Monday, November 29, 2010

Cyrus Movie Review

Jonah Hill and Marisa Tomei have an especially close mother-son bond.

Cyrus is a movie about a war of nerves between two emotionally stunted men. John C. Reilly plays John, a man stilled scarred by a divorce seven years ago, and his foil is Cyrus (Jonah Hill), the son of a woman he thinks he may have a future with. The film is directed by Jay and Mark Duplass, who have a couple of minor features and short films to their credit, but finally struck some luck by getting serious financial backing from Scott Free Productions, the production company owned by Tony and Ridley Scott.

Reilly has almost made an entire career out of playing big lovable lugs who wear their emotional insecurities on their sleeve. John, the character, bears a number of similarities to Reilly’s character in Magnolia, also a divorced man perhaps a little too open with his feelings and looking for the right woman.

John is a broken man from the start when his ex-wife Jamie (Catherine Keener) catches him in a private moment’s compromising position and then announces her engagement. Jamie is the prototypical supportive ex-wife who has been encouraging him to get out and meet women for years. Now she all but forces him to join her and Tim (her fiancĂ©) at a party where there will be lots of “cool people.”

So he goes, and he drinks, and he talks to some women using his abysmally poor social skills and so he drinks some more. Reilly makes a real meal of playing drunk in a way only he can accomplish. He does it so well it looks absolutely real while also being comical. He’s an actor who understands Alan Alda in Hannah and Her Sisters: “If it bends, it’s funny. If it breaks, it isn’t.” Imagine Adam Sandler in this scene. He would push it so far over the top it would go from comically serious to absurd in a matter of seconds.

It his drunken antics that lead him to meet Molly (Marisa Tomei), who finds the perfect note to deflate the embarrassing moment she catches him in. They seem to be hitting it off when his ear catches the 80’s synth-pop sounds of The Human League’s “Don’t You Want Me Baby” and he goes running off to crank up the volume, sing along at full volume and dance in the living room. The rest of the party think he’s crazy until Molly joins him on the second verse. Soon the whole room is shaking it in one of the few unfortunately artificial moments in the film.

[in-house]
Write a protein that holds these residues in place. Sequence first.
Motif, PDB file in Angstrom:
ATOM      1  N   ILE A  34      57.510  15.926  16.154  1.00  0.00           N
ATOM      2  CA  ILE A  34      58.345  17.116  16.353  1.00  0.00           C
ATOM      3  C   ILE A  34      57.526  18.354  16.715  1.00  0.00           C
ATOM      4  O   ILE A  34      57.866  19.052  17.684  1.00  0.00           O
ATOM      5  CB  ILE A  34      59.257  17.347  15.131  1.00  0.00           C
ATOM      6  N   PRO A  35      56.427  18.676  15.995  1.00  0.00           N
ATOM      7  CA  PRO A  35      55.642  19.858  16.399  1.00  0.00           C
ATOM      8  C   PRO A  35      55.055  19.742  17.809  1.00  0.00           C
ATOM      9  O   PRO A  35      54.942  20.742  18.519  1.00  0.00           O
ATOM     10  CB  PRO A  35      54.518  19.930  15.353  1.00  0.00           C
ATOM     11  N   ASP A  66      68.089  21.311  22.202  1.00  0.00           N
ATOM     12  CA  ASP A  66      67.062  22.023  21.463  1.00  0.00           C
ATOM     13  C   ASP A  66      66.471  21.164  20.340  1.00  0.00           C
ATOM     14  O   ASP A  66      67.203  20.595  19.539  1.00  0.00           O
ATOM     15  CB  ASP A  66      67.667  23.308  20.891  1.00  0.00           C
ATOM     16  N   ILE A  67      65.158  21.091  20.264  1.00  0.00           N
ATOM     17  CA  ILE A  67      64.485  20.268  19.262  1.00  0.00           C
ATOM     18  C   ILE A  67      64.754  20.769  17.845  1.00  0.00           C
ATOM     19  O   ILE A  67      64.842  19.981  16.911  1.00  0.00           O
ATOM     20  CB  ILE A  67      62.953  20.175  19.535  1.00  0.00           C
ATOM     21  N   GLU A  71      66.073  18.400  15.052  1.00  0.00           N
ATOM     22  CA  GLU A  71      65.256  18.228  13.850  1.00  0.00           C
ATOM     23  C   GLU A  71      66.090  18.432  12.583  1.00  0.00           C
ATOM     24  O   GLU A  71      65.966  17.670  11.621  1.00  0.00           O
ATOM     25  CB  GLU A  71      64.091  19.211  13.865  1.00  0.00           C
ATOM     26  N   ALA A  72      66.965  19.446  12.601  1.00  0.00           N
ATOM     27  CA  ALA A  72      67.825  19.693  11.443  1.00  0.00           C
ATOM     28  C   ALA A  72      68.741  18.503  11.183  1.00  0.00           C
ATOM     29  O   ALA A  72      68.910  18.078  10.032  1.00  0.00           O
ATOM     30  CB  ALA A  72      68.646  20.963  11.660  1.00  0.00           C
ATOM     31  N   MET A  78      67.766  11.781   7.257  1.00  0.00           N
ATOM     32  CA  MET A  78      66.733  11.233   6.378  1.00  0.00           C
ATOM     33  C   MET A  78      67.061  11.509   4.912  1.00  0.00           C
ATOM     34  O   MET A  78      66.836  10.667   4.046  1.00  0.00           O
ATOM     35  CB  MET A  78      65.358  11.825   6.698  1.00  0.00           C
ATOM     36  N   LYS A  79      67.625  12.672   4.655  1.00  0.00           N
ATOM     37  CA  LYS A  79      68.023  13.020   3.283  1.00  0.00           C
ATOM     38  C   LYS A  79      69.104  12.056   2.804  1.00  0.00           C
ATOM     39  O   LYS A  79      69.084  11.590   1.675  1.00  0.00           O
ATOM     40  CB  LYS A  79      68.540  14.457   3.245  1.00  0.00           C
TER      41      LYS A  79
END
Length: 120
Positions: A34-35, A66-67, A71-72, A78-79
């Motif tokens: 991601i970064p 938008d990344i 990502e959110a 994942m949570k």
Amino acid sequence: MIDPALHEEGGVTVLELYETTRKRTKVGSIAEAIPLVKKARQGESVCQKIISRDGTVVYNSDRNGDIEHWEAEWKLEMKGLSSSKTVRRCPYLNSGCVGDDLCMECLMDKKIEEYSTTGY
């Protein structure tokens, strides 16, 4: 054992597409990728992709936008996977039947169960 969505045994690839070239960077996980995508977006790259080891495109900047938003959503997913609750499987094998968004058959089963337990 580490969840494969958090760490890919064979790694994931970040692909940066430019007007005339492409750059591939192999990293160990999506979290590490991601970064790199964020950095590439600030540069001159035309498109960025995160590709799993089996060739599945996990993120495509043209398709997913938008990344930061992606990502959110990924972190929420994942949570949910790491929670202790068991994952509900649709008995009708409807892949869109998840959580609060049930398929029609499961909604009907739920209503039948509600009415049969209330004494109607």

John and Molly seem to be diving head first into a serious thing, but she’s harboring a minor secret which John discovers after following her home one night – she’s got a 21-year old son. However, he sells himself as the most polite and sympathetic young man you’ll ever meet. The conversation they have upon meeting feels like it’s a bit improvised, but it’s glaringly obvious that Hill doesn’t have the acting chops to match Reilly beat for beat. Cyrus invites John into the house even though Molly isn’t home and even demos the music that he hopes will be his future career. Cyrus writes electronic dance music with his seven synthesizers and a computer.

Everything appears to be going well, although John discovers when he stays overnight in their house that Molly and Cyrus have an unusually close relationship. The first clue is the photo of a four or five-year old Cyrus breastfeeding. Then Cyrus casually goes into the bathroom while his mom is having a shower. Then the bedroom doors are left open. John is more accepting of these oddities than most men would be – a testament to his moral character.

It’s not long, however, before both we and John begin to wonder if Cyrus’s demeanor isn’t a bit of a put-on. Is he being manipulative when he suddenly announces he’s moving into a place of his own to give them their space for their relationship to “blossom?” You understand the difficult position John is in. How can he broach the subject with Molly, who will come to a full-throated defense of her son?

Eventually John and Cyrus do have their confrontation and the gloves come off. But the fact that neither one wants to clue Molly in to their mutual animosity allows this simmering battle to become the great comic centerpiece of the movie. This is where the Duplasses plotting is at its best. They keep this sequence restrained rather than going for broke and declaring all out war. The screenplay allows John and Cyrus to hold the tension over an extended period of time as they each try to deal very sensitive blows to the other.

Ultimately you know it has to come to a head before the end, but I won’t ruin how it comes about. Suffice it to say it’s handled delicately and naturally. Here is finally a movie where characters say to each other what real people might say. This stands in contrast to the majority of films that leave characters with their mouths shut so that they can’t disrupt the necessary form of conflict followed a downbeat, then an upswing to resolution.

As much as I enjoyed wondering where this film was going to take me, mainly the result of Hill’s Cyrus being an unpredictable madman, I’m not sure I really buy the character one-hundred percent. There’s something about him that doesn’t quite ring true, like it’s a clever design serving an end. If that’s the worst thing I can say about the film, then it’s probably worth watching. But maybe his name shouldn’t also be the title of the film in that case.

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